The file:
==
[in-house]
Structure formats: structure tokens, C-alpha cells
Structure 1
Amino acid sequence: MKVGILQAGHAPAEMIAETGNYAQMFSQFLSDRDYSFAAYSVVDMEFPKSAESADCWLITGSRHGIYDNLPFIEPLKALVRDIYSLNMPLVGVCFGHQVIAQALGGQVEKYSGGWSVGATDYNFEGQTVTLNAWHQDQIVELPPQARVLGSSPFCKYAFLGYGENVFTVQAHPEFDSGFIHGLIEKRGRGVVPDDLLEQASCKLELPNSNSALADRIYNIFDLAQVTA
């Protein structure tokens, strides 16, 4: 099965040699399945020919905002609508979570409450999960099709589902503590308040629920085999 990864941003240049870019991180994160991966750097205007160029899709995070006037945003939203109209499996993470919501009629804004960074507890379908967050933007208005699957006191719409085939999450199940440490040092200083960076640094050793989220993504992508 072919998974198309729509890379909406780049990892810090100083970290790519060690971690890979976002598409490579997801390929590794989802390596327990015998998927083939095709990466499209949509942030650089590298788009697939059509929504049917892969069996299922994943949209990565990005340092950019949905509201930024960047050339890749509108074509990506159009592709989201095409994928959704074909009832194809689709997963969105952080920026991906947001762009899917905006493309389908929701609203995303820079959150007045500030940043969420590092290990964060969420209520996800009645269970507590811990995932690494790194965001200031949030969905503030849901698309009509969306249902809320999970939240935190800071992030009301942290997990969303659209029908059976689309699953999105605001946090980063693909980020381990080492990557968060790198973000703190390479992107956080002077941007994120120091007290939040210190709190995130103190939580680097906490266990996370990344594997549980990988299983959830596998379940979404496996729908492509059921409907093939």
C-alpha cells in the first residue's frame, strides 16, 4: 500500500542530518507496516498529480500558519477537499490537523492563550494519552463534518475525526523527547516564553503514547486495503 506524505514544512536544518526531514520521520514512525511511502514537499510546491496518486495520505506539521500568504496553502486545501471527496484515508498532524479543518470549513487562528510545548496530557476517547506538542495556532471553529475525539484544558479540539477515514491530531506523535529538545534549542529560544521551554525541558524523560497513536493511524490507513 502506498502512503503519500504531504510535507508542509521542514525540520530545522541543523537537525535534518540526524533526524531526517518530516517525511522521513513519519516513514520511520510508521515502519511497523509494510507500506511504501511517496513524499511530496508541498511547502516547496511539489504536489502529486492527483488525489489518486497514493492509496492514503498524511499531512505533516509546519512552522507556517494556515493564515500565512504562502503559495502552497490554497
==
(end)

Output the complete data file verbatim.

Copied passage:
[in-house]
Structure formats: structure tokens, C-alpha cells
Structure 1
Amino acid sequence: MKVGILQAGHAPAEMIAETGNYAQMFSQFLSDRDYSFAAYSVVDMEFPKSAESADCWLITGSRHGIYDNLPFIEPLKALVRDIYSLNMPLVGVCFGHQVIAQALGGQVEKYSGGWSVGATDYNFEGQTVTLNAWHQDQIVELPPQARVLGSSPFCKYAFLGYGENVFTVQAHPEFDSGFIHGLIEKRGRGVVPDDLLEQASCKLELPNSNSALADRIYNIFDLAQVTA
């Protein structure tokens, strides 16, 4: 099965040699399945020919905002609508979570409450999960099709589902503590308040629920085999 990864941003240049870019991180994160991966750097205007160029899709995070006037945003939203109209499996993470919501009629804004960074507890379908967050933007208005699957006191719409085939999450199940440490040092200083960076640094050793989220993504992508 072919998974198309729509890379909406780049990892810090100083970290790519060690971690890979976002598409490579997801390929590794989802390596327990015998998927083939095709990466499209949509942030650089590298788009697939059509929504049917892969069996299922994943949209990565990005340092950019949905509201930024960047050339890749509108074509990506159009592709989201095409994928959704074909009832194809689709997963969105952080920026991906947001762009899917905006493309389908929701609203995303820079959150007045500030940043969420590092290990964060969420209520996800009645269970507590811990995932690494790194965001200031949030969905503030849901698309009509969306249902809320999970939240935190800071992030009301942290997990969303659209029908059976689309699953999105605001946090980063693909980020381990080492990557968060790198973000703190390479992107956080002077941007994120120091007290939040210190709190995130103190939580680097906490266990996370990344594997549980990988299983959830596998379940979404496996729908492509059921409907093939």
C-alpha cells in the first residue's frame, strides 16, 4: 500500500542530518507496516498529480500558519477537499490537523492563550494519552463534518475525526523527547516564553503514547486495503 506524505514544512536544518526531514520521520514512525511511502514537499510546491496518486495520505506539521500568504496553502486545501471527496484515508498532524479543518470549513487562528510545548496530557476517547506538542495556532471553529475525539484544558479540539477515514491530531506523535529538545534549542529560544521551554525541558524523560497513536493511524490507513 502506498502512503503519500504531504510535507508542509521542514525540520530545522541543523537537525535534518540526524533526524531526517518530516517525511522521513513519519516513514520511520510508521515502519511497523509494510507500506511504501511517496513524499511530496508541498511547502516547496511539489504536489502529486492527483488525489489518486497514493492509496492514503498524511499531512505533516509546519512552522507556517494556515493564515500565512504562502503559495502552497490554497